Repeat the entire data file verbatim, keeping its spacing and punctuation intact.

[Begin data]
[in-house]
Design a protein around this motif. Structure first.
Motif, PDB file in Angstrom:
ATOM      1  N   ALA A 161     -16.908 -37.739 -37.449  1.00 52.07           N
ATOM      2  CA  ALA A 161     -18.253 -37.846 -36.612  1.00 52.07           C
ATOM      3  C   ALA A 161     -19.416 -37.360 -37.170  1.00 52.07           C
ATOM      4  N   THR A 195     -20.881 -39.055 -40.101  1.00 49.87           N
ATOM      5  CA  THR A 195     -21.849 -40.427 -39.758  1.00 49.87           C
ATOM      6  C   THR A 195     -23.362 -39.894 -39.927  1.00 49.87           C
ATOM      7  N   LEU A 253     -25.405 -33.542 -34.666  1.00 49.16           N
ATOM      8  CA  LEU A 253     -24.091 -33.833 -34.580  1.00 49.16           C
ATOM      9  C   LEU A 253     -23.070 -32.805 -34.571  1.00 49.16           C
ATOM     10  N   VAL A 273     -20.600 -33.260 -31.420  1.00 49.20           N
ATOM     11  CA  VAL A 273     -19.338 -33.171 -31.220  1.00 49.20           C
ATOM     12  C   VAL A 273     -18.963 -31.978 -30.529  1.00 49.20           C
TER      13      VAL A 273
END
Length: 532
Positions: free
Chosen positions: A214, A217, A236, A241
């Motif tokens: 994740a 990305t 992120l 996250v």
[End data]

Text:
[in-house]
Design a protein around this motif. Structure first.
Motif, PDB file in Angstrom:
ATOM      1  N   ALA A 161     -16.908 -37.739 -37.449  1.00 52.07           N
ATOM      2  CA  ALA A 161     -18.253 -37.846 -36.612  1.00 52.07           C
ATOM      3  C   ALA A 161     -19.416 -37.360 -37.170  1.00 52.07           C
ATOM      4  N   THR A 195     -20.881 -39.055 -40.101  1.00 49.87           N
ATOM      5  CA  THR A 195     -21.849 -40.427 -39.758  1.00 49.87           C
ATOM      6  C   THR A 195     -23.362 -39.894 -39.927  1.00 49.87           C
ATOM      7  N   LEU A 253     -25.405 -33.542 -34.666  1.00 49.16           N
ATOM      8  CA  LEU A 253     -24.091 -33.833 -34.580  1.00 49.16           C
ATOM      9  C   LEU A 253     -23.070 -32.805 -34.571  1.00 49.16           C
ATOM     10  N   VAL A 273     -20.600 -33.260 -31.420  1.00 49.20           N
ATOM     11  CA  VAL A 273     -19.338 -33.171 -31.220  1.00 49.20           C
ATOM     12  C   VAL A 273     -18.963 -31.978 -30.529  1.00 49.20           C
TER      13      VAL A 273
END
Length: 532
Positions: free
Chosen positions: A214, A217, A236, A241
């Motif tokens: 994740a 990305t 992120l 996250v």